Cybercriminals have unwittingly created an impressive, and legal, money-making opportunity – cyber insurance. The cyber insurance market is about to become huge, as experts believe companies will double their spending by 2020 to some 8 billion – 9 billion dollars compared to last year’s average of 3.4 –billion 4 billion, Munich Re, the world’s leading German reinsurance company, recently announced.
The forecasted growth is directly linked to the ever-increasing number of Internet of Things devices, expected to reach a staggering 125 billion by 2030. IoT security is still a grey area as too many connected devices are released on the market even though they have vulnerabilities that expose them to cyber threats. In spite of this, they are still widely integrated, not only in the day-to-day life of individuals, but businesses and institutions have also found ways to benefit from machine-to-machine communication.
"Increased networking of machines, and equipment in particular, can also give rise to very complex risks such as data theft, disruptions in the interaction between networked machines, and even the failure of entire production lines and supply chains," Munich Re explained. "The economic costs of large-scale cyberattacks already exceeds losses caused by natural disasters. Where small and medium-sized enterprises are affected, such attacks can soon threaten their very existence. This trend will continue as more and more machines and devices are connected.”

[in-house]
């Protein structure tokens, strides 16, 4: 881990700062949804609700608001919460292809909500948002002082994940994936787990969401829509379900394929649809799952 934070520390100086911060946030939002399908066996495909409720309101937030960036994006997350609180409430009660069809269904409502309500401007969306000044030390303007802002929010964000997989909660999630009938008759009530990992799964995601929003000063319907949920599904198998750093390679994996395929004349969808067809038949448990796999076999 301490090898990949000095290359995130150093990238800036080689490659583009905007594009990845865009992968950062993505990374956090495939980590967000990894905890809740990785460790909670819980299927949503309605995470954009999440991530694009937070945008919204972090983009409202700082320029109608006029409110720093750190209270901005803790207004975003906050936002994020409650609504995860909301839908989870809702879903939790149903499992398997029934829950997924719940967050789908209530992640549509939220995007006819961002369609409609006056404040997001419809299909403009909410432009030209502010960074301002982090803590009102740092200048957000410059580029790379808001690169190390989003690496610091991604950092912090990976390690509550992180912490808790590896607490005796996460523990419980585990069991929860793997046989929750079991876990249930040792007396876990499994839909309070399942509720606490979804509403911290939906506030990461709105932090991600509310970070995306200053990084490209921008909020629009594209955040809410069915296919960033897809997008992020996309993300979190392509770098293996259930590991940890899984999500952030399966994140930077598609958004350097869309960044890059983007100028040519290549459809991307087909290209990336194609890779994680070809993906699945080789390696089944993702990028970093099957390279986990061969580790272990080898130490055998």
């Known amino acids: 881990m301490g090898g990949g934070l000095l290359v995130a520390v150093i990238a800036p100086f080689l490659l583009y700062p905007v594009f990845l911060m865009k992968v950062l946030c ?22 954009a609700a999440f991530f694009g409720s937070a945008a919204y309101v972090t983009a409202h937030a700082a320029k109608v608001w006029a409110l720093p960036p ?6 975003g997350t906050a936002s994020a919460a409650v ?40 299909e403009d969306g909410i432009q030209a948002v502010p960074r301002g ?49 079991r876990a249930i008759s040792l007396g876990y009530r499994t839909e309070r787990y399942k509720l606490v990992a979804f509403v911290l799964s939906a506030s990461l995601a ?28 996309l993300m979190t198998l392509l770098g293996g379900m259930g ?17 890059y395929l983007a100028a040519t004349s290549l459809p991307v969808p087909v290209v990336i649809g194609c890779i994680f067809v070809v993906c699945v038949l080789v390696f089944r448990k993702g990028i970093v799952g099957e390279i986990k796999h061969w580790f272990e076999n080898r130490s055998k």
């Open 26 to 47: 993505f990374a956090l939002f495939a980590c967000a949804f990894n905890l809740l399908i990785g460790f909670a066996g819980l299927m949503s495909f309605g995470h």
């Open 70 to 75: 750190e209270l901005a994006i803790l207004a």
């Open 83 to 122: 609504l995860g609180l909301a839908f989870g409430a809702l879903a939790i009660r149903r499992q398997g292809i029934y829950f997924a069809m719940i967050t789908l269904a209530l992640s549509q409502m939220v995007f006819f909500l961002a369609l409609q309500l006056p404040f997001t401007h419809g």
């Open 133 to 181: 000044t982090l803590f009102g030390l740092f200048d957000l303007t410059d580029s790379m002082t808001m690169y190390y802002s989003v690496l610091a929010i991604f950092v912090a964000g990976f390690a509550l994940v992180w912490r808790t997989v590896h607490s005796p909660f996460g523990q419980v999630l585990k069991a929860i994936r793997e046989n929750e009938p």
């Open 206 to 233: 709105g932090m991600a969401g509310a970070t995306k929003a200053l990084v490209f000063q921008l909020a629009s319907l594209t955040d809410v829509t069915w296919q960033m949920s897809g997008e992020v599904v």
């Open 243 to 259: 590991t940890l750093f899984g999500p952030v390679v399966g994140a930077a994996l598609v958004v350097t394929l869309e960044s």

CISOs should reconsider their cyber budgets sooner rather than later and, besides deploying multi-layer security solutions, look into purchasing cyber insurance policies for their infrastructures for risk mitigation and cyber risk transfer. Enterprises have to protect themselves from targeted attacks because, considering the current climate and emerging threat landscape, they will at some point be affected by security incidents.
Cyber insurance sales are about to take off because traditional insurance policies don’t cover ransomware or DoS attacks, for example, and the industry needs to adapt to the landscape. Companies are starting to understand that they need to cover all risks -- when a cyberattack hits, they need to be ready. Ideally, a comprehensive insurance policy should include a thorough forensic investigation of the incident, and cover first-party losses and third-party claims, data breaches, hardware destruction, notification of infected parties, computer hacking, extortion, defamation, financial loss resulting from operation shutdown, sophisticated threats, data theft and malware campaigns, to help affected companies recover and get their operations back to normal.
A great example showcasing the importance of cybersecurity insurance and risk management is the recent ransomware infection of a small town in Ontario, Canada. The municipality’s computer network was infected with ransomware and all computers linked to it were shut down on September 1. Town officials said they were negotiating with the hackers and willing to pay the bitcoin ransom. However, they also had a cyber insurance policy that they took out after a neighboring town suffered a similar attack earlier in the year.